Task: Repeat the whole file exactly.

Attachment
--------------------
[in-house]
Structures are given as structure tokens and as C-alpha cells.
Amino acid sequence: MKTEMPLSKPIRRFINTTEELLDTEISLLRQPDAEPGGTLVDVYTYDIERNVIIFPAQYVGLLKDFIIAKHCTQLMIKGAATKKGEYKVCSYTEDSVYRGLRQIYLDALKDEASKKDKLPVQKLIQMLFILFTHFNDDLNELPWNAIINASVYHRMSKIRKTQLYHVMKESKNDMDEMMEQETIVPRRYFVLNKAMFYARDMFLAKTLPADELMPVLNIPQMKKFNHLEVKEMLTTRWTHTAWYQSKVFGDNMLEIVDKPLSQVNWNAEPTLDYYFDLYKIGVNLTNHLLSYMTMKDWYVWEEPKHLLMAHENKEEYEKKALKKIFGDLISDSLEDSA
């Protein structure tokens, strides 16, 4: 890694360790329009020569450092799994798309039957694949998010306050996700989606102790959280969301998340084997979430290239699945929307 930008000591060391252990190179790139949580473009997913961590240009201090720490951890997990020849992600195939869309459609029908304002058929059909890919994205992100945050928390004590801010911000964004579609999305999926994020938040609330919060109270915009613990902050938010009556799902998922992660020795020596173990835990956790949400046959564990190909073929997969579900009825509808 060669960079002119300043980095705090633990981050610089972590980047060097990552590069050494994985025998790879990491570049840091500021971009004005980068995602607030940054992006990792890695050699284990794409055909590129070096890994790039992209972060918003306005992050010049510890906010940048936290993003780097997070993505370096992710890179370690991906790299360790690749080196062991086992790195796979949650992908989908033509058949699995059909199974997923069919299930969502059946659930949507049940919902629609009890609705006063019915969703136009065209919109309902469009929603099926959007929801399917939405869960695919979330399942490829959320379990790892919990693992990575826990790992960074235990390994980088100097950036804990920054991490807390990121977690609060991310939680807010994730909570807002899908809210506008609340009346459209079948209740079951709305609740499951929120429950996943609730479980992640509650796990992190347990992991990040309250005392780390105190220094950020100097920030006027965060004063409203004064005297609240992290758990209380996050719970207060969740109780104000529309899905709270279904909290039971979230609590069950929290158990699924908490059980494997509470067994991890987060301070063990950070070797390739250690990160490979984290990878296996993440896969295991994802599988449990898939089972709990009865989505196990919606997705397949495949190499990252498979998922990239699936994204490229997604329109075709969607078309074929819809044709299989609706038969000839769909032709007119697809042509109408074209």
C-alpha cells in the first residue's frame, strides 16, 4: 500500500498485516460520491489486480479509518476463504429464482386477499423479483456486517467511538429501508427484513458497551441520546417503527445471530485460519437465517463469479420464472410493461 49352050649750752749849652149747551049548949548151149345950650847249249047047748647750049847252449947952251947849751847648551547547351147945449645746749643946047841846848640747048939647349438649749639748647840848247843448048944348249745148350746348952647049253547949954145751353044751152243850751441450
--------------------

[in-house]
Structures are given as structure tokens and as C-alpha cells.
Amino acid sequence: MKTEMPLSKPIRRFINTTEELLDTEISLLRQPDAEPGGTLVDVYTYDIERNVIIFPAQYVGLLKDFIIAKHCTQLMIKGAATKKGEYKVCSYTEDSVYRGLRQIYLDALKDEASKKDKLPVQKLIQMLFILFTHFNDDLNELPWNAIINASVYHRMSKIRKTQLYHVMKESKNDMDEMMEQETIVPRRYFVLNKAMFYARDMFLAKTLPADELMPVLNIPQMKKFNHLEVKEMLTTRWTHTAWYQSKVFGDNMLEIVDKPLSQVNWNAEPTLDYYFDLYKIGVNLTNHLLSYMTMKDWYVWEEPKHLLMAHENKEEYEKKALKKIFGDLISDSLEDSA
């Protein structure tokens, strides 16, 4: 890694360790329009020569450092799994798309039957694949998010306050996700989606102790959280969301998340084997979430290239699945929307 930008000591060391252990190179790139949580473009997913961590240009201090720490951890997990020849992600195939869309459609029908304002058929059909890919994205992100945050928390004590801010911000964004579609999305999926994020938040609330919060109270915009613990902050938010009556799902998922992660020795020596173990835990956790949400046959564990190909073929997969579900009825509808 060669960079002119300043980095705090633990981050610089972590980047060097990552590069050494994985025998790879990491570049840091500021971009004005980068995602607030940054992006990792890695050699284990794409055909590129070096890994790039992209972060918003306005992050010049510890906010940048936290993003780097997070993505370096992710890179370690991906790299360790690749080196062991086992790195796979949650992908989908033509058949699995059909199974997923069919299930969502059946659930949507049940919902629609009890609705006063019915969703136009065209919109309902469009929603099926959007929801399917939405869960695919979330399942490829959320379990790892919990693992990575826990790992960074235990390994980088100097950036804990920054991490807390990121977690609060991310939680807010994730909570807002899908809210506008609340009346459209079948209740079951709305609740499951929120429950996943609730479980992640509650796990992190347990992991990040309250005392780390105190220094950020100097920030006027965060004063409203004064005297609240992290758990209380996050719970207060969740109780104000529309899905709270279904909290039971979230609590069950929290158990699924908490059980494997509470067994991890987060301070063990950070070797390739250690990160490979984290990878296996993440896969295991994802599988449990898939089972709990009865989505196990919606997705397949495949190499990252498979998922990239699936994204490229997604329109075709969607078309074929819809044709299989609706038969000839769909032709007119697809042509109408074209």
C-alpha cells in the first residue's frame, strides 16, 4: 500500500498485516460520491489486480479509518476463504429464482386477499423479483456486517467511538429501508427484513458497551441520546417503527445471530485460519437465517463469479420464472410493461 49352050649750752749849652149747551049548949548151149345950650847249249047047748647750049847252449947952251947849751847648551547547351147945449645746749643946047841846848640747048939647349438649749639748647840848247843448048944348249745148350746348952647049253547949954145751353044751152243850751441450